‘The Code’ is Code of Conduct for the protection of children from sexual exploitation in travel and tourism. Not the cheeriest of subjects, but sexual exploitation and sex trafficking exist in all corners of the world, and quite possibly right in your home city.
Alessandro Isola, Director of Global Exchange Reality Tours —“Prior to Global Exchange I worked as General Manager of a hotel in Kenya. Unfortunately, while there I witnessed firsthand how the industry can at times foster the sexual exploitation of children, and how some hotels allowed these practices on their own premises, and refused to take action against this horrendous practice. One year later while working in New Zealand I first learned about ECPACT and how the industry was responding to a serious issue. I’ve been really excited to see an increasing amount of tour operators, hotels, and other industry individuals become more sensitive to the campaign against exploitation, and increasingly supportive of The Code. I truly believe The Code is a necessary tool that everyone working in the tourism/travel industry should be aware of and implement.
Joe Staiano, Founder, Meaningful Trip — “I’ve had the fortune of traveling to over 75 countries, and many of those were in developing regions of the world where human development problems of exploitation, abuse, poverty, health problems and environmental degradation are more out in the open. In numerous visits to Asia and SE Asia I noticed unacceptable things such as young women (sometimes, very young women) on street corners, or older tourists with young escorts walking around town, shops, restaurants in both daytime as well as nighttime. Through my travels, I had heard of ECPAT International, and that ultimately led me to learn about The Code.”
Global Exchange Reality Tours signed The Code in 2010. It represented a natural fit for the organization, not only because for the past 25 years we have been promoting social, economic and environmental justice nationally and around the globe, but also because Reality Tours have been leaders in promoting socially responsible tourism. We have partnered with the Not for Sale Campaign in raising awareness around human trafficking. We facilitated numerous delegations to countries that have seen an increase in human trafficking in order to give to our participants a comprehensive education in the mechanics of human trafficking, as well an understanding of its underlying causes. The Code represents a very important tool for us to not only educate our participants, but also to our partners on the ground around ways to prevent and combat sexual exploitation of children and adolescents.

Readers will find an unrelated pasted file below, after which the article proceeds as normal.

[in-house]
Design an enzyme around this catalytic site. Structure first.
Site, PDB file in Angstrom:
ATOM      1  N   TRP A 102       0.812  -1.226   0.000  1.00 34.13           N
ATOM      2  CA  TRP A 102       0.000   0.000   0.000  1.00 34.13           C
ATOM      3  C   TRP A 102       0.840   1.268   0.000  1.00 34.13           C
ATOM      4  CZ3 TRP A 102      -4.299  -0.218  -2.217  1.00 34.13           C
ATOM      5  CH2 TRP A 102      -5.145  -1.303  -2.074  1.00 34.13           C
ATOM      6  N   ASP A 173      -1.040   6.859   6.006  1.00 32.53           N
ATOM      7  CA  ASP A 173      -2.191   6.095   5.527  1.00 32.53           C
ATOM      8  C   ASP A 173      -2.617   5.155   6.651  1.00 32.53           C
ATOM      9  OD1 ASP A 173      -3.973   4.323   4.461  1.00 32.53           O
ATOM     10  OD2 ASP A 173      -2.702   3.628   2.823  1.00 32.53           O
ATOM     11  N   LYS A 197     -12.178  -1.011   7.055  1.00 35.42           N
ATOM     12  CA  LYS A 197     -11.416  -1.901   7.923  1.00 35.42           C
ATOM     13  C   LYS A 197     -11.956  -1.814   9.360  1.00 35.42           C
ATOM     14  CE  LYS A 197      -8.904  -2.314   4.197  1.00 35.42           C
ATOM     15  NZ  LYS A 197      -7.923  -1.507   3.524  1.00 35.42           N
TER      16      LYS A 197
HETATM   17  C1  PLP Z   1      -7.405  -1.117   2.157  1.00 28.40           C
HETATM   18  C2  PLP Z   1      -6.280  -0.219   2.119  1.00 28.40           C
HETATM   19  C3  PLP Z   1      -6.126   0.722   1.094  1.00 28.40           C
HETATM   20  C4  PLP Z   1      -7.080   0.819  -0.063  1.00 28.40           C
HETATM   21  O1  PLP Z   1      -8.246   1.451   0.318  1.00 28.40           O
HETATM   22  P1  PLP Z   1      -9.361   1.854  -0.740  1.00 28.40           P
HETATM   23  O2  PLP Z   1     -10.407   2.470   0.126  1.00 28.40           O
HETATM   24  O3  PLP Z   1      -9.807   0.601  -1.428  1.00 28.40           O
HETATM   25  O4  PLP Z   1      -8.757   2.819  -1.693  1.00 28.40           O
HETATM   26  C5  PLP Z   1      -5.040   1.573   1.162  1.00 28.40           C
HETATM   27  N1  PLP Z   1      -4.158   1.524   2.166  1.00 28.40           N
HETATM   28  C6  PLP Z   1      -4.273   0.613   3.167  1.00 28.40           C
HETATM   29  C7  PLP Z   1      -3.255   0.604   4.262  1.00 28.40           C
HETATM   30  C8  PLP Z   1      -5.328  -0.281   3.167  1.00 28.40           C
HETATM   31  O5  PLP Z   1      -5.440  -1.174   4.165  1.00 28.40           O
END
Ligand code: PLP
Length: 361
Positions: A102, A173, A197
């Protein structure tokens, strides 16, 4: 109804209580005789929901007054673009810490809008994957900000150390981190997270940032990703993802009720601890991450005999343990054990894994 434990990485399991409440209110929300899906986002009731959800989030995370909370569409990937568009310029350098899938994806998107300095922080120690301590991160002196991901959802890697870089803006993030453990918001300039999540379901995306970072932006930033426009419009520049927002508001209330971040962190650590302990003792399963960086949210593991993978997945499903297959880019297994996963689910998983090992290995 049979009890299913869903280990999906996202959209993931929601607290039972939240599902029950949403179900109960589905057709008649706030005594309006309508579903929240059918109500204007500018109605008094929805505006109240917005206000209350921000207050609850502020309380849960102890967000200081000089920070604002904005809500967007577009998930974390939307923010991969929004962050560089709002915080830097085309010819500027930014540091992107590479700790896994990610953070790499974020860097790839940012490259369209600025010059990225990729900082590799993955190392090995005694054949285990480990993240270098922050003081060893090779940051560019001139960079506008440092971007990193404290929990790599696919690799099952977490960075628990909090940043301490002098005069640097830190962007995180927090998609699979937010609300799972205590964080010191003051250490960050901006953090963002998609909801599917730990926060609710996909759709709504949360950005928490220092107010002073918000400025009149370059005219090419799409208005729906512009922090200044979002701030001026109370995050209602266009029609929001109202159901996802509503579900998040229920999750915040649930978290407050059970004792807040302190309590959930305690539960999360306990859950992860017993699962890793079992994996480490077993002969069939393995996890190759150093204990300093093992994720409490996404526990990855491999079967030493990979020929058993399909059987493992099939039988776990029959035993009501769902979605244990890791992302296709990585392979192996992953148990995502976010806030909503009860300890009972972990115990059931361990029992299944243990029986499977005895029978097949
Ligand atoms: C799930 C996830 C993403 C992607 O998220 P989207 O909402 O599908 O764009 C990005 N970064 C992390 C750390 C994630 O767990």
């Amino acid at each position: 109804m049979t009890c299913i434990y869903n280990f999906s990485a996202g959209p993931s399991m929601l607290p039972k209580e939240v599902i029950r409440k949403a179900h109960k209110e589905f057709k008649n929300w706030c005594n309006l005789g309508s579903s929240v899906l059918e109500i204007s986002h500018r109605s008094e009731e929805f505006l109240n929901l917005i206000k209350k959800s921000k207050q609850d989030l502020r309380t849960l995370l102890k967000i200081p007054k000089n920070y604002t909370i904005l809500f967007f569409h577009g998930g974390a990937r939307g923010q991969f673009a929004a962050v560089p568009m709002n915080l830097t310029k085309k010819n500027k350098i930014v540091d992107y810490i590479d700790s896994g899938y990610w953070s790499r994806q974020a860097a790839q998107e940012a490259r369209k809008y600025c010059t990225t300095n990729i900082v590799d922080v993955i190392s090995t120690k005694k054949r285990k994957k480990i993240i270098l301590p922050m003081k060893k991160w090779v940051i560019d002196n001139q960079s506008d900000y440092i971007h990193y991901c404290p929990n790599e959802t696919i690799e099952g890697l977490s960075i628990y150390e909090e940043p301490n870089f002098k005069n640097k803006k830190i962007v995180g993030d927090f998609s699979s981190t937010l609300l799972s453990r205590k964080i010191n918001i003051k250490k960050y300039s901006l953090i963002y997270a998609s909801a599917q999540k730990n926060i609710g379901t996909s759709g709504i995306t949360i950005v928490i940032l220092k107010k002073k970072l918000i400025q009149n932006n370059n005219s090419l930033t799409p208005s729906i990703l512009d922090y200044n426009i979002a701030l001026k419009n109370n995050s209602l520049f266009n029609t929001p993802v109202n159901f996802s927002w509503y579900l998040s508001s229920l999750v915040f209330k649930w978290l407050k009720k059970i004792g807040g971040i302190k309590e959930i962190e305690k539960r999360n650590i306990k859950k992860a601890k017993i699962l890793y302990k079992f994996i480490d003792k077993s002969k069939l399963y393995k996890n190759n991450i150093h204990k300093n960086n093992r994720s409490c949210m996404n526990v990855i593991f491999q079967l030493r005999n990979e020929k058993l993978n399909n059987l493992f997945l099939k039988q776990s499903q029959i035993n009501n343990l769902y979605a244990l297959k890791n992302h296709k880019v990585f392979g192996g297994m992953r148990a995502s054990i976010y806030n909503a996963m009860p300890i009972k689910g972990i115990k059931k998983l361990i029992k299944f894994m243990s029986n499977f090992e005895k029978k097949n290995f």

Being a signator of The Code is not a simple process. As a company, you are declaring a commitment to take necessary actions to implement specific criteria covering areas such as business policy, business contracts, training of key personnel and training of local guides. Companies submit an action plan, pay an annual fee, and commit to producing an annual report. “Yes, a long, but absolutely worthwhile process and commitment”, Joe Staiano. This entire process has opened my eyes to broader issues of exploitation and trafficking, and particularly how these issues exist right here at home. Through my involvement with the Code, I have come to know and support local organizations in my city (Seattle) taking up the fight against exploitation and trafficking. During the signing of The Code, I was proud to have at my side Ms. Mar Smith, Founder of BEST, Businesses Ending Slavery & Trafficking, and Ms. Rose Gundersen, Co-Founder of Washington Engage.
KNOW. SUPPORT. BE INVOLVED.
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